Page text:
So, the last time I discussed the 15 Key Steps employers should take, according to, to respond to sexual harassment claims, I mentioned “lawyering up” and being “fair” (as well as, perhaps more importantly, “appearing fair.”)

Minimizing access to information

I want to pick up with one theme I briefly touched upon the last time, an idea either implicitly or explicitly expressed in most of the 15 employer-tips: in responding, the employer should (a) minimize creating potentially damaging evidence and (b) make it more difficult for the victim to have access to potentially relevant information. Two examples illustrate these goals.

First, in Step #5 on “taking appropriate action,” the attorney author throws in, almost as an aside, that

[i]t is important to document the discipline carefully, although specifics about the investigation should not go into personnel files.

(emphasis added) I am sure that, depending upon who you ask, there are several reasons for this; and, perhaps some of them are even legitimate. But, surely one of the real reasons for this advice is that the personnel files are much easier for employees to access and, therefore, they would be easier to provide to a plaintiff’s attorney to assist him or her in evaluating the case. Keeping the investigation findings separate from the personnel file adds another layer of protection from future discovery. I am not saying the investigation and underlying material won’t be discoverable – it very well could be – but keeping it separate from the personnel file adds a further complication; a future plaintiff’s attorney must first determine the materials exist and then obtain them.

Minimizing damaging evidence

And second, tip #10 is disarmingly honest and aims at minimizing damaging evidence: “Be careful with texts and email.”

The evidence code contains a so-called “hearsay exception” for an “excited utterance,” something that someone blurts out in the moment, when emotions are running high (e.g. right after a car crash). [Sidebar: for non-lawyers, hearsay is lawyer-speak and means that the rules of evidence often prevent witnesses telling the judge or jury what another person said to them.] If you are curious, the excited utterance exception is § 90.803(2) Fla. Stat. and can be found here. The idea behind this “excited utterance” exception is that people are more likely to be truthful in the moment, when they have not had time to reflect on the situation and decide what is in their best interest to say.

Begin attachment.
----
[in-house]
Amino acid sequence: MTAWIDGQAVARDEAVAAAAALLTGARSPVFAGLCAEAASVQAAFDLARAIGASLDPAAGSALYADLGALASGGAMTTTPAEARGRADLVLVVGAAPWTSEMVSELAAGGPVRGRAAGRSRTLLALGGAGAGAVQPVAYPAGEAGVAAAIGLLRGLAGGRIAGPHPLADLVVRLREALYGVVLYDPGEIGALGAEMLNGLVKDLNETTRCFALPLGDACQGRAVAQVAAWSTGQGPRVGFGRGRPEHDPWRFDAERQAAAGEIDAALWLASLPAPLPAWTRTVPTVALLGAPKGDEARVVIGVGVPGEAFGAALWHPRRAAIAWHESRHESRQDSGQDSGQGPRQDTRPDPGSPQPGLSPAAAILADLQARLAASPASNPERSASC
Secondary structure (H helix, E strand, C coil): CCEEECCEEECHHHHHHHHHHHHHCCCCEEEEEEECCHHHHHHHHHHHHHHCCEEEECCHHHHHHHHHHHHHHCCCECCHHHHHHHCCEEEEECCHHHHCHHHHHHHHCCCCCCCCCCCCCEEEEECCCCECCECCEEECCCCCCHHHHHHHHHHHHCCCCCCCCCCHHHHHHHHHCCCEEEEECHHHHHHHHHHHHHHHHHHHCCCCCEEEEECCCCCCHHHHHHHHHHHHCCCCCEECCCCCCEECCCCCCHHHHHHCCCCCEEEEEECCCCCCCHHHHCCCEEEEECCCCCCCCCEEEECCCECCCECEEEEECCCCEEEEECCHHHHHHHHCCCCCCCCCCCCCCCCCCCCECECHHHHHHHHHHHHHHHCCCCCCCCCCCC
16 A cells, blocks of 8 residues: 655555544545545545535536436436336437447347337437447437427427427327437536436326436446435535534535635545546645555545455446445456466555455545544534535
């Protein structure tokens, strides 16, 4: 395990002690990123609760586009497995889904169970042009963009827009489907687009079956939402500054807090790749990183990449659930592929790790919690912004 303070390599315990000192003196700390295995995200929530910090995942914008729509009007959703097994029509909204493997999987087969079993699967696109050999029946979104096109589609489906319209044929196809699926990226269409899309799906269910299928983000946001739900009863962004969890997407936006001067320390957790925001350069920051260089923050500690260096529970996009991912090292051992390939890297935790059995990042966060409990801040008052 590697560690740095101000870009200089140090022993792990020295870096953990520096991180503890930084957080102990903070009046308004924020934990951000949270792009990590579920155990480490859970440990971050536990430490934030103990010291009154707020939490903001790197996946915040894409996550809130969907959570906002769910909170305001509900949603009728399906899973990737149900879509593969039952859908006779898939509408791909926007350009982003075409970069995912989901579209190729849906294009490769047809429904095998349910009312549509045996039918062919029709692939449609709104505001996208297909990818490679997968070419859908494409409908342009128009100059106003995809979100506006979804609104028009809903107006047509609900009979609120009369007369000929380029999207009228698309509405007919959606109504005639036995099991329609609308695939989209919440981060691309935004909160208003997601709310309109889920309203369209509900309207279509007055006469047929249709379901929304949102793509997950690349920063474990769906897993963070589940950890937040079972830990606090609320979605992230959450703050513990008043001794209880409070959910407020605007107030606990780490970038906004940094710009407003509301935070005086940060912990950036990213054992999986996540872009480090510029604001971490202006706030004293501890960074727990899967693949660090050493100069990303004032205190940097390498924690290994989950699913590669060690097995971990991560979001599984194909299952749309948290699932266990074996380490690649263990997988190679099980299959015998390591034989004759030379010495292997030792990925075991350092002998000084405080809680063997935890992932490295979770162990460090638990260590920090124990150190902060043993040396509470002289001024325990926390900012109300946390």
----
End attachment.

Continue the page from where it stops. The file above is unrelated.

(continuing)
This is similar to what the author is trying to get employers to minimize. She is telling the bosses-of-the-world to hold their fire on emails and text messages in the hours and days after the victim makes his/her allegation, or after the situation first comes to their attention. Put cynically, the advice is that the employer might be too honest in the moment, that he/she might reveal too much. So, the advice is to pick up the phone and refrain from putting anything in writing, especially when texts and emails are so easy to shoot off and will then be out there, as a great record for plaintiff’s attorneys to mine when ligation ensues.

Why am I telling you all this? Well, for one thing it’s important to realize what advantages (both structural and tactical) employers have, and to develop an awareness for them. After all, how can you hope to address and overcome them if you don’t know they exist. Also, every once-and-a-while what appears like an advantage for the other side can turn out to be, if not a liability, then at least an opening to exploit.